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The Structure Of Kidneys
Stones form inside the kidneys and the urine collecting system. How they form matters to patients because surgeons can see formation sites during stone removal by ureteroscopy or percutaneous nephrolithotomy. The amount of such sites gives a clue as to future stone risk and also to possible damage done from crystal deposits in kidney tissue.
We cannot discuss where stones form unless you know how kidneys are constructed.
If you already know this, move on. But if you do not lets stop here and review how kidneys are put together.
The linked article is long, so focus only on the cutaway drawing of a kidney that shows the papillae, renal pelvis and ureter. Stones grow on the papillae.
Causes Of Kidney Stones
Kidney stones happen when your pee has a high concentration of minerals and other substances — like calcium, oxalate, and uric acid — that come together to make crystals. Crystals stick together to make one or more stones. Stones happen when your urine doesnât have enough fluid and other substances to keep them from happening.
A kidney stone can be as tiny as a grain of sand, and you can pass it without ever knowing. But a bigger one can block your urine flow and hurt a lot. Some people say the pain can be worse than childbirth.
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Medication For Kidney Stones
For most people with recurrent calcium stones, a combination of drinking enough fluids, avoiding urinary infections, and specific treatment with medications will significantly reduce or stop new stone formation.
Certain medications such as thiazide diuretics or indapamide reduce calcium excretion and decrease the chance of another calcium stone. Potassium citrate or citric juices are used to supplement thiazide treatment and are used by themselves for some conditions where the urine is too acidic.
For people who have a high level of uric acid in their urine, or who make uric acid stones, the medication allopurinol will usually stop the formation of new stones.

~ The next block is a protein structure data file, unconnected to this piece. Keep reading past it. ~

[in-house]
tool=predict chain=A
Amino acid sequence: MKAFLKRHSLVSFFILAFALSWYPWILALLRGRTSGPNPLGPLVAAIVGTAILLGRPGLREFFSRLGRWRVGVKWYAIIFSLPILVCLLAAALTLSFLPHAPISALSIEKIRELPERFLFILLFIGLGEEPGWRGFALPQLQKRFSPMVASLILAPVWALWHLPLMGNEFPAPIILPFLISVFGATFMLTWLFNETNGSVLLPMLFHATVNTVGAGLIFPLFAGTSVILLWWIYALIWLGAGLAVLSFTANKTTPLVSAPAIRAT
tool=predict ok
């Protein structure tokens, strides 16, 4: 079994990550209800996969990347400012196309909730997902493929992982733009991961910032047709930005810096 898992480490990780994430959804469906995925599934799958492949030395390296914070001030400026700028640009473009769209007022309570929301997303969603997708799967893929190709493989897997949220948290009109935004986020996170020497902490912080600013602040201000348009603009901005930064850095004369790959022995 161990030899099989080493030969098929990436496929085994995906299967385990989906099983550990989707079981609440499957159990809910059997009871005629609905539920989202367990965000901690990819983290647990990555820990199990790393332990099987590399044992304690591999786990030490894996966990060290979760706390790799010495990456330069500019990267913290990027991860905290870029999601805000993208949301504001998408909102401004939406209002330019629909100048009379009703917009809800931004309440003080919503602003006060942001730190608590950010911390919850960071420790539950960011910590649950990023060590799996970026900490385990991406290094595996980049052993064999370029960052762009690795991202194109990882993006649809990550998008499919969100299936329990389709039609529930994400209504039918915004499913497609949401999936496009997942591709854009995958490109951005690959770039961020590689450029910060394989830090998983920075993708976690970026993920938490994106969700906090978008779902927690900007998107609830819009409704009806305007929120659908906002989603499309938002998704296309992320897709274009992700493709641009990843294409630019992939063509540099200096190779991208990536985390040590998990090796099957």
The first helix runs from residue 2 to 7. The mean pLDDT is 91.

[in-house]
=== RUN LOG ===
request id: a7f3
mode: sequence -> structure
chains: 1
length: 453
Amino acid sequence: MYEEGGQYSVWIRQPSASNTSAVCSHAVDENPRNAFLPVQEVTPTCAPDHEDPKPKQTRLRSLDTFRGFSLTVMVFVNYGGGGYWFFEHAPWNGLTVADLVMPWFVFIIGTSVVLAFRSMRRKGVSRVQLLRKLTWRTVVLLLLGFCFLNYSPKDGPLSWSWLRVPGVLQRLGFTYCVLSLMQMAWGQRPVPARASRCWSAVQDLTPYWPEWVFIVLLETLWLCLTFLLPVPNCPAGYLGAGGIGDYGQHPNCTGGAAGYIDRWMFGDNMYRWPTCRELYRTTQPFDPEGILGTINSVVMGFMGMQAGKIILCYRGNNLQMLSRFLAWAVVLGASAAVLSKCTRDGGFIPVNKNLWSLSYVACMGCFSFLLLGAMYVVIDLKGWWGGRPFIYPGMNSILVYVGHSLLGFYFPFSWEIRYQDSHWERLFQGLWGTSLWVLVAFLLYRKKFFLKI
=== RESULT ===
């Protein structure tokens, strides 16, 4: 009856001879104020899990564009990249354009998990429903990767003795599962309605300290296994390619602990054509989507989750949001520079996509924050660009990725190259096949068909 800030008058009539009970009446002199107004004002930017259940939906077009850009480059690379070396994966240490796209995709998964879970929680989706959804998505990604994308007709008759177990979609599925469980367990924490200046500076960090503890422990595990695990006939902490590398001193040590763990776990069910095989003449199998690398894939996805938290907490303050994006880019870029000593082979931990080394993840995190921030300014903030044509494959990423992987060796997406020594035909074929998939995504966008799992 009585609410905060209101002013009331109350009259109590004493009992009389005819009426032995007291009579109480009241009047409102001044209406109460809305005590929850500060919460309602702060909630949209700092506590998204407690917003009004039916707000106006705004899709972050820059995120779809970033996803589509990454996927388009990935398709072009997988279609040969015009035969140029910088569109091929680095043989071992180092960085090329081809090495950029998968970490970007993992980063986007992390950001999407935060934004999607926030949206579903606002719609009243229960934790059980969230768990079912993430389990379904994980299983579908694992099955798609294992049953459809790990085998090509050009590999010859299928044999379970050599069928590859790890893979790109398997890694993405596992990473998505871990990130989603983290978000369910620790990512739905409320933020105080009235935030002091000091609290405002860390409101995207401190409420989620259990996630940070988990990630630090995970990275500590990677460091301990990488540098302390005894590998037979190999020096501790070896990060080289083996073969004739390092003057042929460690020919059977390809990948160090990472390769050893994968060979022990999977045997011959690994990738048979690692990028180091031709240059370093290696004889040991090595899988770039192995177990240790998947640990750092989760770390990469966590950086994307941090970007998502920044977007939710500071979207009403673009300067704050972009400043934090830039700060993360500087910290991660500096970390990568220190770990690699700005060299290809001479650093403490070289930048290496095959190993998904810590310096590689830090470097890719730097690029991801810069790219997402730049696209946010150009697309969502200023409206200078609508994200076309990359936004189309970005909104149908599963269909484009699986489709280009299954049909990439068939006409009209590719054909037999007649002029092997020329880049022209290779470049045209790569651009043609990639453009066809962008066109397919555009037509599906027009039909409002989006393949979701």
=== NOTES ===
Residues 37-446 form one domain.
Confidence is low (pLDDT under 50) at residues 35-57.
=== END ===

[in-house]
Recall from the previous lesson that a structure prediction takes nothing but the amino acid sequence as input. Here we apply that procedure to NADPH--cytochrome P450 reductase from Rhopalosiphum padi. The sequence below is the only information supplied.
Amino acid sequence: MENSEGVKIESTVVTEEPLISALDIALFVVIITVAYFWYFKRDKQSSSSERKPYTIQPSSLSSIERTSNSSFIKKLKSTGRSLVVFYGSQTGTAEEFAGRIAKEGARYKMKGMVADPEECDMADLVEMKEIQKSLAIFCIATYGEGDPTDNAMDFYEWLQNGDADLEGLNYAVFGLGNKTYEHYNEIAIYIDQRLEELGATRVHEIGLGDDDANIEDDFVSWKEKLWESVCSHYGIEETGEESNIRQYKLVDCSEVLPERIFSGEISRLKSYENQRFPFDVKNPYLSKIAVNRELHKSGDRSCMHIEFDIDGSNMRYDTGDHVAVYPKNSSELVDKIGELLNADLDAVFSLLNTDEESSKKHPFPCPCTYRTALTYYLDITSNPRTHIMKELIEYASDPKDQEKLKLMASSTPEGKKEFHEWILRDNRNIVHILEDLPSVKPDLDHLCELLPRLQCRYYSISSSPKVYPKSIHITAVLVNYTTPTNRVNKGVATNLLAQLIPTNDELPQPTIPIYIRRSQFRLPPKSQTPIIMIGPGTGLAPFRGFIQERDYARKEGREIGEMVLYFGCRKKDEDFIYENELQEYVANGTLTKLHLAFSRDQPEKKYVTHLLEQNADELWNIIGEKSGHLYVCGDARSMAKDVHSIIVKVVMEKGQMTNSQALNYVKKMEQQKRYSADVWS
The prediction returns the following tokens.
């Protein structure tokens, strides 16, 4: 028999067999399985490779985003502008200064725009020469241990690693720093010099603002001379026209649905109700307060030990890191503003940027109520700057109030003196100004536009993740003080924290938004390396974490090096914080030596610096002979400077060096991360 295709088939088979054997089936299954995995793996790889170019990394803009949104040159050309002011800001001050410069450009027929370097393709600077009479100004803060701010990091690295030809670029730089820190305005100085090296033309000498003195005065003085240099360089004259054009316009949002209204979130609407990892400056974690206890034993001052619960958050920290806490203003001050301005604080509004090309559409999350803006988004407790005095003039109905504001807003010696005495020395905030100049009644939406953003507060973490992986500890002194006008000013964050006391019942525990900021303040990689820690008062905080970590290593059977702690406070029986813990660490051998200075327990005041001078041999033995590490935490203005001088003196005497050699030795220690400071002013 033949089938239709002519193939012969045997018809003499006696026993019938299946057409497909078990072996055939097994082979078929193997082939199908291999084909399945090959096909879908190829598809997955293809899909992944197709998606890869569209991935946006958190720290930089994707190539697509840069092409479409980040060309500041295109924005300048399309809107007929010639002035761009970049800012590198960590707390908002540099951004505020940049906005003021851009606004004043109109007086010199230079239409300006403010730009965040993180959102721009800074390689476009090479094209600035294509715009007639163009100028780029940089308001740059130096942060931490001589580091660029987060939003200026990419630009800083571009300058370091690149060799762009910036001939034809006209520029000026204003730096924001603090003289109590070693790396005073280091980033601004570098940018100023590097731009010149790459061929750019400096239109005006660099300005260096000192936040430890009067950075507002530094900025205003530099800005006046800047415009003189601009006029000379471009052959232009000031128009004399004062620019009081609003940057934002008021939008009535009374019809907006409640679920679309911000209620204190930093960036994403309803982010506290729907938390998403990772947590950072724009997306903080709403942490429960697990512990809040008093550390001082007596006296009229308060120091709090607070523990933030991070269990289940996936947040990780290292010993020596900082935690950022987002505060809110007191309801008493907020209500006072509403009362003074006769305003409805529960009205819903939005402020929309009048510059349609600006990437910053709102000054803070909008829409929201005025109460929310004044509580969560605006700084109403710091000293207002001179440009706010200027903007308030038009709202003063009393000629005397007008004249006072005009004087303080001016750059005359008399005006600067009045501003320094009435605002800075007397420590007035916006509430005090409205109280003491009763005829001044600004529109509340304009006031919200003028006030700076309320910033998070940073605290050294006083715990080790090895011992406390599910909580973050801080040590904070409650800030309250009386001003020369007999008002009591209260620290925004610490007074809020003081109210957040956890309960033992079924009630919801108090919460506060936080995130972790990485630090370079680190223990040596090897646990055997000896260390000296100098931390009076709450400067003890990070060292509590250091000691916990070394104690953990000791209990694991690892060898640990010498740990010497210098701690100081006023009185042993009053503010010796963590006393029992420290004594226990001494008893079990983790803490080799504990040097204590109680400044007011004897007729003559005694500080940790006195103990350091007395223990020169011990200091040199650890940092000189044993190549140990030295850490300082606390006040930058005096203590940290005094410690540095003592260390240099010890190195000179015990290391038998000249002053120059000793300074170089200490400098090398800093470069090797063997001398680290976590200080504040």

Inhibitors Of Stone Formation
Normal urine contains chelating agents, such as citrate, that inhibit the nucleation, growth, and aggregation of calcium-containing crystals. Other endogenous inhibitors include calgranulin , TammHorsfall protein, glycosaminoglycans, uropontin , nephrocalcin , prothrombin F1 peptide, and bikunin . The biochemical mechanisms of action of these substances have not yet been thoroughly elucidated. However, when these substances fall below their normal proportions, stones can form from an aggregation of crystals.
Sufficient dietary intake of magnesium and citrate inhibits the formation of calcium oxalate and calcium phosphate stones in addition, magnesium and citrate operate synergistically to inhibit kidney stones. The efficacy of magnesium in subduing stone formation and growth is dose-dependent.
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Swelling In Hands Or Feet
Why this happens:
Failing kidneys dont remove extra fluid, which builds up in your body causing swelling in the legs, ankles, feet, and/or hands.
What patients said:
I remember a lot of swelling in my ankles. My ankles were so big I couldnt get my shoes on.
Going to work one morning, my left ankle was swollen, real swollen, and I was very exhausted just walking to the bus stop. And I knew then that I had to see a doctor.
Uric Acid Stone Formers
We have thus far concerned ourselves with calcium based stones but one study on patients whose stones contained uric acidbelongs here. One might expect uric acid to plug tubules or perhaps crystallize in the bulk urine. In fact, plaque was about as impressive among the uric acid stone formers as the calcium stone formers, and plugging, too. Plugs could not be analysed, and might have been uric acid or calcium salts. The authors did not say where they found stones growing.